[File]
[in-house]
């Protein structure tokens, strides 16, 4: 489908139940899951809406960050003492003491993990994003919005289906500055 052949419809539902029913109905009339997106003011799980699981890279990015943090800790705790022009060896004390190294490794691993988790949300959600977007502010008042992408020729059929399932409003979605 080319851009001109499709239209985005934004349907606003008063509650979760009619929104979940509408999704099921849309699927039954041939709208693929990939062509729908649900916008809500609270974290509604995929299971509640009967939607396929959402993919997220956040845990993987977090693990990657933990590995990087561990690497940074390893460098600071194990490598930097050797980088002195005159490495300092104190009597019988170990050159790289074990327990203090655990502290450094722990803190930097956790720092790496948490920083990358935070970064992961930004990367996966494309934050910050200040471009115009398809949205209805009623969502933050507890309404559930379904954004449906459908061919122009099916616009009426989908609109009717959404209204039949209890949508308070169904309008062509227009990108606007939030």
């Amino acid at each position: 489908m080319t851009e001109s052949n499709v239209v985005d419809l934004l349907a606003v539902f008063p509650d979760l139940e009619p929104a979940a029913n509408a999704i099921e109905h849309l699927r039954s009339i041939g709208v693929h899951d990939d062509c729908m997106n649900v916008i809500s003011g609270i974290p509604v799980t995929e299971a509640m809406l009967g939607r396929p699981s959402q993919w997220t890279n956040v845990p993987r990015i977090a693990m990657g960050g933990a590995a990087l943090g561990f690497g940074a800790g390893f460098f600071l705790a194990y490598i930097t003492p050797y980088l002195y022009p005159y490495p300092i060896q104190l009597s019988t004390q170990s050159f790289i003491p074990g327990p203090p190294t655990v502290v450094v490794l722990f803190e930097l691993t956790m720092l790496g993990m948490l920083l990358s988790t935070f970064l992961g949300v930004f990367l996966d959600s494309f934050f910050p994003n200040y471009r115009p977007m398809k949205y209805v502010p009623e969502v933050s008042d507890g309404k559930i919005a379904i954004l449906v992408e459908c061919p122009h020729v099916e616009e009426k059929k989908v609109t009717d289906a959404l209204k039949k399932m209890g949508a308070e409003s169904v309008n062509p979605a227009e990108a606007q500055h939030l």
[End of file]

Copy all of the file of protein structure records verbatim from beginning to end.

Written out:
[in-house]
């Protein structure tokens, strides 16, 4: 489908139940899951809406960050003492003491993990994003919005289906500055 052949419809539902029913109905009339997106003011799980699981890279990015943090800790705790022009060896004390190294490794691993988790949300959600977007502010008042992408020729059929399932409003979605 080319851009001109499709239209985005934004349907606003008063509650979760009619929104979940509408999704099921849309699927039954041939709208693929990939062509729908649900916008809500609270974290509604995929299971509640009967939607396929959402993919997220956040845990993987977090693990990657933990590995990087561990690497940074390893460098600071194990490598930097050797980088002195005159490495300092104190009597019988170990050159790289074990327990203090655990502290450094722990803190930097956790720092790496948490920083990358935070970064992961930004990367996966494309934050910050200040471009115009398809949205209805009623969502933050507890309404559930379904954004449906459908061919122009099916616009009426989908609109009717959404209204039949209890949508308070169904309008062509227009990108606007939030």
């Amino acid at each position: 489908m080319t851009e001109s052949n499709v239209v985005d419809l934004l349907a606003v539902f008063p509650d979760l139940e009619p929104a979940a029913n509408a999704i099921e109905h849309l699927r039954s009339i041939g709208v693929h899951d990939d062509c729908m997106n649900v916008i809500s003011g609270i974290p509604v799980t995929e299971a509640m809406l009967g939607r396929p699981s959402q993919w997220t890279n956040v845990p993987r990015i977090a693990m990657g960050g933990a590995a990087l943090g561990f690497g940074a800790g390893f460098f600071l705790a194990y490598i930097t003492p050797y980088l002195y022009p005159y490495p300092i060896q104190l009597s019988t004390q170990s050159f790289i003491p074990g327990p203090p190294t655990v502290v450094v490794l722990f803190e930097l691993t956790m720092l790496g993990m948490l920083l990358s988790t935070f970064l992961g949300v930004f990367l996966d959600s494309f934050f910050p994003n200040y471009r115009p977007m398809k949205y209805v502010p009623e969502v933050s008042d507890g309404k559930i919005a379904i954004l449906v992408e459908c061919p122009h020729v099916e616009e009426k059929k989908v609109t009717d289906a959404l209204k039949k399932m209890g949508a308070e409003s169904v309008n062509p979605a227009e990108a606007q500055h939030l």